Energy News Recap: Illinois Students Schooled on Renewables; Canada's Hijacked Energy Policy, More
A mixed bag in energy headlines this morning: Some interesting renewable education for the next generation, doctors propose a fracking moratorium on health grounds, oil refiners fined for not blending in cellulosic ethanol, and the official rate of oil that spilled in Deepwater Horizon disaster is confirmed anew (phew). Here's what we're reading this morning:
Illinois High School, Middle School Students Get Dedicated Wind Power Education
Incorporating more solid energy education into all middle and high school is something I can get behind, and this is a definitely a start: Beginning in the 2012-13 school year, the Illinois Wind for Schools program "will offer curriculum development resources, teacher professional development, on-site technical assistance and instructional equipment to middle school and high school teachers across the state." (Renewable Energy World)
Doctors Call For Fracking Moratorium Until Health Effects ARe Better Studied
More doctors are weighing in on the subject of fracking's safety, particularly in populated areas (cough, The Marcellus Shale, cough), due to the effect of chemicals used in the project potential to get into groundwater.
"We've got to push the pause button, and maybe we've got to push the stop button" on fracking, said Adam Law, an endocrinologist at Weill Cornell Medical College in New York, in an interview at a conference in Arlington, Virginia that's the first to examine criteria for studying the process. (Bloomberg)
NOAA Confirms Official Estimate of Gulf Oil Spill Leak Rate
Taking a fresh look at the rate of oil flow in the Gulf Oil Spill (in case you've already forgotten, the largest in US history), using chemical measurements instead of the original video analysis and calculations based on pipe diameter and fluid flow, NOAA has determined that an average of 11,130 tons of gas and oil compounds per day flowed from the stricken Deepwater Horizon drilling platform. The earlier official estimate was placed at about 11,350 tons (a bit over 59,000 barrels) per day. More on how the calculation was made at Science Daily).
Multinational Oil Companies "Hijacking" Canada's Energy Policy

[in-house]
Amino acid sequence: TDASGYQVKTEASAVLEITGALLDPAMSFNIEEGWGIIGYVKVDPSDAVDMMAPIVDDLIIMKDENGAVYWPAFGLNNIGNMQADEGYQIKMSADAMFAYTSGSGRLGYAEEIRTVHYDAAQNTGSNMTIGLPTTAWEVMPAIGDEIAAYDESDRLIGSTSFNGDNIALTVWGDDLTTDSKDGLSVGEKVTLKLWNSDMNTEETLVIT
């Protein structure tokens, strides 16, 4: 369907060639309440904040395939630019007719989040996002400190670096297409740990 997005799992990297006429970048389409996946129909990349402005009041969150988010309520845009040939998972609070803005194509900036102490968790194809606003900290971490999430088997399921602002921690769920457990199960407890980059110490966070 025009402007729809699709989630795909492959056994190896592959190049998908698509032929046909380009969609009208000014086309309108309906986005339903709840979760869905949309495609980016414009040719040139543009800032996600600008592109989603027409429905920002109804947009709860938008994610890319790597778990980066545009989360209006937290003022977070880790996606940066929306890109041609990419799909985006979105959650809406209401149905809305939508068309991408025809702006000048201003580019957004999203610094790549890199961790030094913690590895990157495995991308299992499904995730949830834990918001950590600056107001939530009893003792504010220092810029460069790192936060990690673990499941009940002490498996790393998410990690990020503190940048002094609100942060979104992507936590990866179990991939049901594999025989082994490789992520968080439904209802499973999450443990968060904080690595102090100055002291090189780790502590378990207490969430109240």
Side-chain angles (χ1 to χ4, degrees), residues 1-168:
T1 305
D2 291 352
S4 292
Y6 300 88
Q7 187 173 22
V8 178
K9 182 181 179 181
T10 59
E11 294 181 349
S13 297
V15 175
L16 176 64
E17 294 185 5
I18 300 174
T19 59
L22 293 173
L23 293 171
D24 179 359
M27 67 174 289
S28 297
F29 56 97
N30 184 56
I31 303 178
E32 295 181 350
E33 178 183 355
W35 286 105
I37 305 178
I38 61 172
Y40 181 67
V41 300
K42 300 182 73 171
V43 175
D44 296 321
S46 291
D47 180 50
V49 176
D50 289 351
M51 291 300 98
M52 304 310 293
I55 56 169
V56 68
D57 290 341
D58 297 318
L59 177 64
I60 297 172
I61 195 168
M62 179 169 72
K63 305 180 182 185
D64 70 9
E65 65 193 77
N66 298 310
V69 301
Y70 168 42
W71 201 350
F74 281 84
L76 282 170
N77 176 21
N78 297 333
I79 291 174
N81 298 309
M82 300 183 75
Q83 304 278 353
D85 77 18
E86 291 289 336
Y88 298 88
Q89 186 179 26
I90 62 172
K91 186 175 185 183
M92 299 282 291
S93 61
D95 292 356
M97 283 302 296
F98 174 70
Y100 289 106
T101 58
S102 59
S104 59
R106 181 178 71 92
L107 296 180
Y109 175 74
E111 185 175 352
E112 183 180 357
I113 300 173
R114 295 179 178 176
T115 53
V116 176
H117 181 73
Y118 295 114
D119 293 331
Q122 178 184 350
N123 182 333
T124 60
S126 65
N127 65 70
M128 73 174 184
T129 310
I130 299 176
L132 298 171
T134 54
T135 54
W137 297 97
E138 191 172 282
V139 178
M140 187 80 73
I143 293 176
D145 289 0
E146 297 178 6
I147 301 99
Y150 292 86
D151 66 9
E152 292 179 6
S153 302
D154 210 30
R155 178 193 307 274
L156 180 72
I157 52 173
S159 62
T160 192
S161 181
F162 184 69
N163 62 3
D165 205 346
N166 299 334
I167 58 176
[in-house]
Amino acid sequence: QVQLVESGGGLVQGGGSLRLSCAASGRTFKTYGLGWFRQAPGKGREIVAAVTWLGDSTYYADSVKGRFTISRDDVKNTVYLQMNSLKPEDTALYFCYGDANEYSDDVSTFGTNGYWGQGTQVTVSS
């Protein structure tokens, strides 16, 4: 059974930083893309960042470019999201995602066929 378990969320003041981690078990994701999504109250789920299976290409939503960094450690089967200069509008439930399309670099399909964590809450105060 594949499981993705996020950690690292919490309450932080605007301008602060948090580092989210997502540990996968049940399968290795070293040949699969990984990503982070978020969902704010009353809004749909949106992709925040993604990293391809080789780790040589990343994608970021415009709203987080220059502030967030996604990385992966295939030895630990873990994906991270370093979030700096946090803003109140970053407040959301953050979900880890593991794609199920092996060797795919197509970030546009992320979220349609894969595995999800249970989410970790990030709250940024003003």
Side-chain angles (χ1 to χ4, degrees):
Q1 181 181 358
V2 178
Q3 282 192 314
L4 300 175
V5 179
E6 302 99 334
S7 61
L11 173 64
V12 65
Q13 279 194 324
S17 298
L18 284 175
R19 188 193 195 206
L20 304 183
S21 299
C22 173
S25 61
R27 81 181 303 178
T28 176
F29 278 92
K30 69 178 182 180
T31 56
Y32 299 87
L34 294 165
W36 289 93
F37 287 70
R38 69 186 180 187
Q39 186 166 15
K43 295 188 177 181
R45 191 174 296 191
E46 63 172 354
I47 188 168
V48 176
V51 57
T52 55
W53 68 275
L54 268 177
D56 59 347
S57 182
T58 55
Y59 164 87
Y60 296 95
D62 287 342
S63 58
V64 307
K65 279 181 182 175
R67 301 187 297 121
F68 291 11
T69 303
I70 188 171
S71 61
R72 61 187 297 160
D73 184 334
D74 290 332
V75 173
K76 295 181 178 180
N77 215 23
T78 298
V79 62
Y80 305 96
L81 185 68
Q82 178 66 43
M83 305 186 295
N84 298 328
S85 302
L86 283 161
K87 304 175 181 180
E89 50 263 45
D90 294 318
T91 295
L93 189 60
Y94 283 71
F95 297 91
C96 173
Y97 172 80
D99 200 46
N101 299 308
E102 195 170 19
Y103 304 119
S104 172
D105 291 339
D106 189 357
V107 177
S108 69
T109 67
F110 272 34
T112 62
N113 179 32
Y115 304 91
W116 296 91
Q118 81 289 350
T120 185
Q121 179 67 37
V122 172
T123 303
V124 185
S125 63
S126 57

Susan Casey-Lefkowitz writes in NRDC Switchboard:
Early last year, Enbridge trumpeted that Sinopec (a state-owned oil Chinese oil company) had provided them with $10-million to help push Northern Gateway through the regulatory process and to conduct public relations (this was part of a part of a bigger $100-million pot). Enbridge admits that millions more have come to the oil pipeline giant from other undisclosed foreign oil companies. But Enbridge refuses to say who. Just last week, after years of pressure, Enbridge finally revealed a handful of their formerly secret backers – including another $10-million from a subsidiary of the China National Offshore Oil Corporation, as well as some Canadian companies.
Casey-Lefkowitz concludes, "Multinational oil companies are making tar sands decisions about what brings them the most profit—and the Canadian federal government seems to want the oil industry to continue making those decisions instead of the Canadian public."
Read more: NRDC Switchboard
Oil Companies Facing Fines For Not Using Cellulosic Biofuel That Doesn't Yet Exist
A case of federal energy policy leading technology, perhaps spurred on by what now seems like wild predictions about second generation biofuels made a few years ago:
When the companies that supply motor fuel close the books on 2011, they will pay about $6.8 million in penalties to the Treasury because they failed to mix a special type of biofuel into their gasoline and diesel as required by law. But there was none to be had. Outside of a handful of laboratories and workshops, the ingredient, cellulosic ethanol, does not exist. (New York Times)
Overall though, I have to take the Times to task in this article for one glaring thing: The whole article focuses on the policy disconnect of fining oil companies for not doing something that they couldn't possibly do because there isn't commercially meaningful available quantities of cellulosic ethanol out there. Fair enough. It then goes on to quote a person from the oil refiners association touting the wonders of tar sands and fracking, in the context of energy security—which plenty of people have debunked as a talking point, both because the estimates of shale gas reserves are probably higher than actually exist and because exploiting tar sands has bee all about export from the start. And that's not even getting into the relative environmental impact of conventional sources of petroleum, unconventional sources, as well as the biofuels the original law in encouraging—none of which are benign.